Can Startups Turn The Tide?
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With a vast coastline of over 7500 km with 12 Major Ports and 187 Non-Major Ports that carry nearly 95 per cent of India’s trade volume, the maritime sector in India offers a sea of opportunities comprising ports, shipping, shipbuilding, ship repair, ship recycling, Inland Water Transport (IWT), dredging and multi-modal logistics. Will startups clutch the opportunity through sea route? Entrepreneur explores.
Taking a cue from his father’s ship repair and marine services business, Capt. Nikunj Parashar came out with the first unmanned marine surface vehicle for the Indian Navy. Launching Sagar Defence Engineering in May 2015, he is striving to meet the never ending needs of technological competency in Maritime sector, as even the smallest problem in water becomes very large and expensive to solve.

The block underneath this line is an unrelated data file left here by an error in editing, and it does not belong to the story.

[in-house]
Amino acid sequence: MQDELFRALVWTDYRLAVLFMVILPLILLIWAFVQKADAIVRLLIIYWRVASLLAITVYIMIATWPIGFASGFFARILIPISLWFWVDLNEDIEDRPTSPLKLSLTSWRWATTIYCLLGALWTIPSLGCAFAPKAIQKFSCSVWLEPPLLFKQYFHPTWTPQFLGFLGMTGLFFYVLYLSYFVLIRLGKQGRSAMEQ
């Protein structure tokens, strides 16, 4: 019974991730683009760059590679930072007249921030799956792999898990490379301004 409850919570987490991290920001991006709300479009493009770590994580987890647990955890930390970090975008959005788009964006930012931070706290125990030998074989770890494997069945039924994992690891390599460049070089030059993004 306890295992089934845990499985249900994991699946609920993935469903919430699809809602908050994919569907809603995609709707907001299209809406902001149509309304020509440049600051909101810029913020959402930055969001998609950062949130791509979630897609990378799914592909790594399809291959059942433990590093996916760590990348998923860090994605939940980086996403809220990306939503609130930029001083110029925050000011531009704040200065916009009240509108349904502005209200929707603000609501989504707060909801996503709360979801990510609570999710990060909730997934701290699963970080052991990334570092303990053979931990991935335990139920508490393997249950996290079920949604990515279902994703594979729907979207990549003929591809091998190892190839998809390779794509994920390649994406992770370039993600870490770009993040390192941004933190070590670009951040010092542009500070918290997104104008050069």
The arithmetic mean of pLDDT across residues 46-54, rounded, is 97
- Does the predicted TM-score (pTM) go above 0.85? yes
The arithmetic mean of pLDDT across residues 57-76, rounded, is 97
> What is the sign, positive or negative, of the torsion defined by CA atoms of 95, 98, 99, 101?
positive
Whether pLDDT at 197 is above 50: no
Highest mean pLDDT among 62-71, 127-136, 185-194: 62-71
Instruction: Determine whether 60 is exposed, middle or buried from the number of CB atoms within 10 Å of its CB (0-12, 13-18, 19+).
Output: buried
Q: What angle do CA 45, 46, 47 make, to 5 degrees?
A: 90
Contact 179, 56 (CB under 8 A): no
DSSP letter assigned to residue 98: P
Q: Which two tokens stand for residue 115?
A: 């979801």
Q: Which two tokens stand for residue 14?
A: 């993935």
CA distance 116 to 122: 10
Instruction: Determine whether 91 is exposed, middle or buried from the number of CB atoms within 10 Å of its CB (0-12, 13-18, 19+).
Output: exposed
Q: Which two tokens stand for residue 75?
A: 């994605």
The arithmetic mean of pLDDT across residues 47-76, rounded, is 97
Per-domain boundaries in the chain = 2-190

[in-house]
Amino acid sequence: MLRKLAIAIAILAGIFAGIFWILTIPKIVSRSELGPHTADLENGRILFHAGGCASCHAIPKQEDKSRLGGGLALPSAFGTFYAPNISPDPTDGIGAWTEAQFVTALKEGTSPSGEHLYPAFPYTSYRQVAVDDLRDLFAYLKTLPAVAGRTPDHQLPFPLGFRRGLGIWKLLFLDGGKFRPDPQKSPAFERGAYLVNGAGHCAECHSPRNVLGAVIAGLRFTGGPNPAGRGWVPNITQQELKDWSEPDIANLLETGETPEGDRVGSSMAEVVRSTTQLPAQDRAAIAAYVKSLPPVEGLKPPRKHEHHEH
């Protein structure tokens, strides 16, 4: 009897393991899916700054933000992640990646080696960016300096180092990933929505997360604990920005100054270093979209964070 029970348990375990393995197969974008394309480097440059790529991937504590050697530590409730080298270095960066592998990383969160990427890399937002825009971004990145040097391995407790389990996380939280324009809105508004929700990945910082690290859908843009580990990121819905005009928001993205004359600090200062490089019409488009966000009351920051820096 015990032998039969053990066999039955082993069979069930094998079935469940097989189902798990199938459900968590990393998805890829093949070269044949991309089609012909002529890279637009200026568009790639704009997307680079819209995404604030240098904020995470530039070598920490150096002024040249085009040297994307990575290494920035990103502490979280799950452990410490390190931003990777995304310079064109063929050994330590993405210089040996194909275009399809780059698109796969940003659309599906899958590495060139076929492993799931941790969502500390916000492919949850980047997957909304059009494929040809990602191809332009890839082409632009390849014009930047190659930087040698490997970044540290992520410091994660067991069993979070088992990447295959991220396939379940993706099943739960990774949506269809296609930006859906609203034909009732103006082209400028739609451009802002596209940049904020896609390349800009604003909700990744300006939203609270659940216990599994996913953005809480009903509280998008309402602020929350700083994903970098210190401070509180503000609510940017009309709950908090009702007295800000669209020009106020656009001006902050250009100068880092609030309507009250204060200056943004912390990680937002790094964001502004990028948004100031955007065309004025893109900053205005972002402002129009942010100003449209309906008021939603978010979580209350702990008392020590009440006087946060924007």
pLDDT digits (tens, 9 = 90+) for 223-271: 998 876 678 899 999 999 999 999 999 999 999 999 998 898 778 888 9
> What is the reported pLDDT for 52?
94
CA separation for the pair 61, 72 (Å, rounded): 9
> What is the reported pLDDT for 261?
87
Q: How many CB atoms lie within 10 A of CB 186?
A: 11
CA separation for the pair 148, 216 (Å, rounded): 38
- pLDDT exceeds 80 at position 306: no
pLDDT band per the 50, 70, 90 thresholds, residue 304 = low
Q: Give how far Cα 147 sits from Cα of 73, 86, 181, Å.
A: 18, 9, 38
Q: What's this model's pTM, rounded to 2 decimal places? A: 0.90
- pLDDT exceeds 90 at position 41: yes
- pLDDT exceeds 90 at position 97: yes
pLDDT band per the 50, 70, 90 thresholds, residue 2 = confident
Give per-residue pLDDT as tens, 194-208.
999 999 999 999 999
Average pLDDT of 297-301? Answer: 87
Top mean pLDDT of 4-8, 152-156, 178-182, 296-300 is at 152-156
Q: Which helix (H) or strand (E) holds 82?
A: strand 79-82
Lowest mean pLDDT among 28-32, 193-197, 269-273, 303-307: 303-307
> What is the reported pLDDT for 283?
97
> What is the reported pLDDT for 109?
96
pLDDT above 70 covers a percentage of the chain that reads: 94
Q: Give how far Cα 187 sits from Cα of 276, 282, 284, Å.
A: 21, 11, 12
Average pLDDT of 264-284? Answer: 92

Sharing his startup story, Parashar informs, “I told my dad that I won’t be participating in the family business, as I want to work on this technology. I see a huge scale to it, especially in the commercial sector. I got my wife, my brother-in-law and my father into this venture. It’s a family owned startup.” Parsashar soon started working from his dad’s office since January 2014 in Mumbai. With the prototype being ready he plans to launch it sooner in October.
Talking about the opportunity he saw, Parashar says, “In maritime, the cost effective systems are going to come through the unmanned systems in the long run, so there is a huge scope for startups. The sector is difficult to understand, but the scope is amazing.”
He also has a team of engineers working with him. Recently Ministry of Shipping announced Sagar Defence Engineering Pvt. Ltd. as the winner of the maiden ‘MIS 2016 – DP World Prize’ contest which was organized in association with Invest India and Global trade enabler DP World. He was awarded with a prize money of INR 15,00,000 by DP World to support his project. The startup strives to meet the never ending needs of technological competency in Maritime sector.